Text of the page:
Time for Tech to Step Up on Diversity

Originally published at Huffington Post

In 2014 America’s biggest tech companies began releasing their diversity numbers. Despite the fiercely competitive nature and distinctive offerings of Google, Yahoo, Facebook and Twitter, the percentages of their workforces made up of African Americans and Latinos was eerily similar. Only 2% of almost every company’s workforce was African American, and about 3-4% was Hispanic or Latino. Three years later, the numbers aren’t much better.

Now the Government Accountability Office (GAO) has issued a report broadening the research beyond individual companies and looking at the sector at large from 2005 to 2015. Here’s what GAO found:

The estimated percentage of minority technology workers increased from 2005 to 2015, but GAO found that no growth occurred for female and Black workers, whereas Asian and Hispanic workers made statistically significant increases. Further, female, Black and Hispanic workers remain a smaller proportion of technology employees in mathematics, computing and engineering occupations than their representation in the general workforce.

The low numbers of women and people of color are not just present in the workforce and leadership ranks of these companies. The trend continues when looking at entrepreneurs. CB Insights studied diversity in startup teams receiving venture capital investment and found that teams of all white founders received 87% of the investment dollars. African American teams only got one percent of investments, and investments with Latino teams were so negligible they didn’t even make the graph.

Revealing the plight of Black women makes the problem most starkly clear. Although Black and Latina women are the fastest growing group of entrepreneurs in the country with 1.5 million businesses that rake in $44 billion in revenue, they can’t crack the code in tech investment. While the typical startup founded mostly by white males raises an average of $1.3 million in funding, black women raise only $36,000.

Closing the tech employment gap will help. According to an Economic Policy Institute analysis, women make about 81 cents on the dollar versus men, African American women make 65 cents and Latinas just 59 cents. However, in tech jobs the pay gap closes. The Department of Commerce reports that women in STEM jobs make 33% more than their non-tech counterparts.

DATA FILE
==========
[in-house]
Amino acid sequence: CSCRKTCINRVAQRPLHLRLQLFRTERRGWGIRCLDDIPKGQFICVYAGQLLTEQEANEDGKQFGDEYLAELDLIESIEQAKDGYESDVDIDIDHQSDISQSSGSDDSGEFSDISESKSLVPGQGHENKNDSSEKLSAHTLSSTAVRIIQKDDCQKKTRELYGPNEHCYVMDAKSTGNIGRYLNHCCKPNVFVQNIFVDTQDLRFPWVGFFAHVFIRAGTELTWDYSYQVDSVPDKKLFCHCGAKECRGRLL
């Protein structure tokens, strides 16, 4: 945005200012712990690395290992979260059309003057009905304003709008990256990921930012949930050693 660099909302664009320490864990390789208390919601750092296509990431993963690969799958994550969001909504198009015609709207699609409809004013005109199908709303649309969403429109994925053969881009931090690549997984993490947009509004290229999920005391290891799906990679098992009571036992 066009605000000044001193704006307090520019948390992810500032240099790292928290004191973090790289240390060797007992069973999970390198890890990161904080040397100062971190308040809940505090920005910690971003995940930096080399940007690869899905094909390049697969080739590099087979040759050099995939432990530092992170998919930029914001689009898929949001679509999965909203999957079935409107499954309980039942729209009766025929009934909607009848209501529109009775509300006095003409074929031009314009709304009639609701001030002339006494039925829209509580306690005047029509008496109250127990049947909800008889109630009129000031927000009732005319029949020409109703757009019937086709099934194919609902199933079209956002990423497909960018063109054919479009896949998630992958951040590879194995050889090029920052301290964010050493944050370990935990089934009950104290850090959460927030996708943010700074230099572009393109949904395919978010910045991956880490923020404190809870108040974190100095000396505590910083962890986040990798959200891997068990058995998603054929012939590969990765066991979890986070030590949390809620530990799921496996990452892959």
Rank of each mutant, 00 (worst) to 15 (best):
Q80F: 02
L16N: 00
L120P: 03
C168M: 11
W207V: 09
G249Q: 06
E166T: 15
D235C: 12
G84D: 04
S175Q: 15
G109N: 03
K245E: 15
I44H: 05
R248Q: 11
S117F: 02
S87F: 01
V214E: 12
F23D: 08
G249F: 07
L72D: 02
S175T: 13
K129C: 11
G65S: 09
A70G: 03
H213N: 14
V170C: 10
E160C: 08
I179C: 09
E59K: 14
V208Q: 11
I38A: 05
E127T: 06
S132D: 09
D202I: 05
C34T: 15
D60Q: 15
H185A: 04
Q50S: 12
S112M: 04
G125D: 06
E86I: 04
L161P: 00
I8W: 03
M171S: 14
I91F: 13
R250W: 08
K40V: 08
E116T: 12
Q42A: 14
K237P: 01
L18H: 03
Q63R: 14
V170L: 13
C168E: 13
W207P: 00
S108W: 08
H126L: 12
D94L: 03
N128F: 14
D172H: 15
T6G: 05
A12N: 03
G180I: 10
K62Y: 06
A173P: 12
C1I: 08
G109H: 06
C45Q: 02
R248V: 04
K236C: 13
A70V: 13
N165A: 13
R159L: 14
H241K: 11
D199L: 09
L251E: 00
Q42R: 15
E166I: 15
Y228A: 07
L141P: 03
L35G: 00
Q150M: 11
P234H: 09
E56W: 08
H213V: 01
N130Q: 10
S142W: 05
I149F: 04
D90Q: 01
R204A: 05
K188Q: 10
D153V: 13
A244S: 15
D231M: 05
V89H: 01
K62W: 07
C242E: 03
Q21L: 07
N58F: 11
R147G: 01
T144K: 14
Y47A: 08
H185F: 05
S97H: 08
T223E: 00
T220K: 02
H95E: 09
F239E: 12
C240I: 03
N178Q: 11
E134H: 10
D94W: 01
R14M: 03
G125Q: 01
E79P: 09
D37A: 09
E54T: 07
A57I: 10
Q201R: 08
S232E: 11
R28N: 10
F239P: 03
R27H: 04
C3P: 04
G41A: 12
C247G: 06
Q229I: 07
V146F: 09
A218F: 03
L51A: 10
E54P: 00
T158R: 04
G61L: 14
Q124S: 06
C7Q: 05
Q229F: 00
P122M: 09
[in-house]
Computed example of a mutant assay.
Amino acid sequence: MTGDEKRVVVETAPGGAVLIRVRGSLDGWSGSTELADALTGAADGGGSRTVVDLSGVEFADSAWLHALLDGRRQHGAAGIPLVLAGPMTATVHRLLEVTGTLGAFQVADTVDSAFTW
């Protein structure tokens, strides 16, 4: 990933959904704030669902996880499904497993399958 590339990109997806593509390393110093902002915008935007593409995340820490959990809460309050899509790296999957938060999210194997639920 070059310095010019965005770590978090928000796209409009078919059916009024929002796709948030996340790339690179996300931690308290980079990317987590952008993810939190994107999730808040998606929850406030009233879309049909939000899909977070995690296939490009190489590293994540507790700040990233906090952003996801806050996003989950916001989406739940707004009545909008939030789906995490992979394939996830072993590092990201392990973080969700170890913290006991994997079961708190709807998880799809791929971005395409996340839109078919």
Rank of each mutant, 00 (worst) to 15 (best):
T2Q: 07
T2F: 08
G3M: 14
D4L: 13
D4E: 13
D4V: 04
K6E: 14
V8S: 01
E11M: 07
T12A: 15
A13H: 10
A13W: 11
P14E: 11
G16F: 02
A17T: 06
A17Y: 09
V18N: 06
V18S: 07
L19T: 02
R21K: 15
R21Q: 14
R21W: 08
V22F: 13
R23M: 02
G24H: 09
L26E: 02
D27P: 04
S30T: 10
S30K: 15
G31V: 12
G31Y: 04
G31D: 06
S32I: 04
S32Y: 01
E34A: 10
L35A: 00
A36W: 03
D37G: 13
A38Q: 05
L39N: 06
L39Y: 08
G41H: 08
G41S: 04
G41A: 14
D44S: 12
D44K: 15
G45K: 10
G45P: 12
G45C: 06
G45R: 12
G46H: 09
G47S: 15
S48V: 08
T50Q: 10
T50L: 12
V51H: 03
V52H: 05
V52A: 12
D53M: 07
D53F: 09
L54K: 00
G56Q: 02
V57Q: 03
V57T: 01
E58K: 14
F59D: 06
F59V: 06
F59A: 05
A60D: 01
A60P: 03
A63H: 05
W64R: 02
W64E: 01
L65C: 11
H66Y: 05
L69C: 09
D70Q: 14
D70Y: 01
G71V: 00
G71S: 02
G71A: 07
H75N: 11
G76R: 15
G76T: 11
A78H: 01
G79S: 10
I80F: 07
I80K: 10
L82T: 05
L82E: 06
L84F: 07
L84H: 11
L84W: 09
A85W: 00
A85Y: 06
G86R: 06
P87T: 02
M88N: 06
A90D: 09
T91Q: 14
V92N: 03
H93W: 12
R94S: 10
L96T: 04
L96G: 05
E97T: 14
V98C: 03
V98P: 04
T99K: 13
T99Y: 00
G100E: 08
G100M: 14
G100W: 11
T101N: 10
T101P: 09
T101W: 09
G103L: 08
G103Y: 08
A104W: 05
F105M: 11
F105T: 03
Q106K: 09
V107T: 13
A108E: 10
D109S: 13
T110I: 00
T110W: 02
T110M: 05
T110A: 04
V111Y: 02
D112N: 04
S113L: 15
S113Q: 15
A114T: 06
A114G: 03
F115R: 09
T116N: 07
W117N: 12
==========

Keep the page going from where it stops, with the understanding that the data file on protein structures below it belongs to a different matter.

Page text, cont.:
The GAO report found that the Equal Employment Opportunity Commission (EEOC) and the Department of Labor’s Office of Federal Con­tract Compliance Programs (OFCCP) can help by focusing on federal tech contractors. The reports offer six recommendations including developing better tracking of hiring and requiring more specific goals for companies to hire women and people of color.

Federal contractors hiring and promoting more women and people of color could be a game changer. The big private players recruit at a small number of schools. To meet higher numbers, they will need to broaden and diversify the schools where they recruit. These new hires should also be able to found companies of their own one day and make a stronger case to funders. However, the funding mechanisms deserve a closer look too. Founders need greater access to funds that directly target investments with diverse entrepreneurs. Even if these startups don’t work out, team members will be more able to move laterally in the industry once they have proven themselves.

America has a lot of work to do to fix our tech diversity problem. If we don’t get more serious and add more rigor, stagnation will be the result. In a workforce becoming more diverse, addressing the lack of diversity in the booming tech sector will increase incomes for a wider range of workers, build wealth for struggling families and close gaps in disparities across the board.

Jamal Simmons is a seasoned political analyst, co-chairman of the DC-based Internet Innovation Alliance (IIA), and co-founder of CRVIII Inc.

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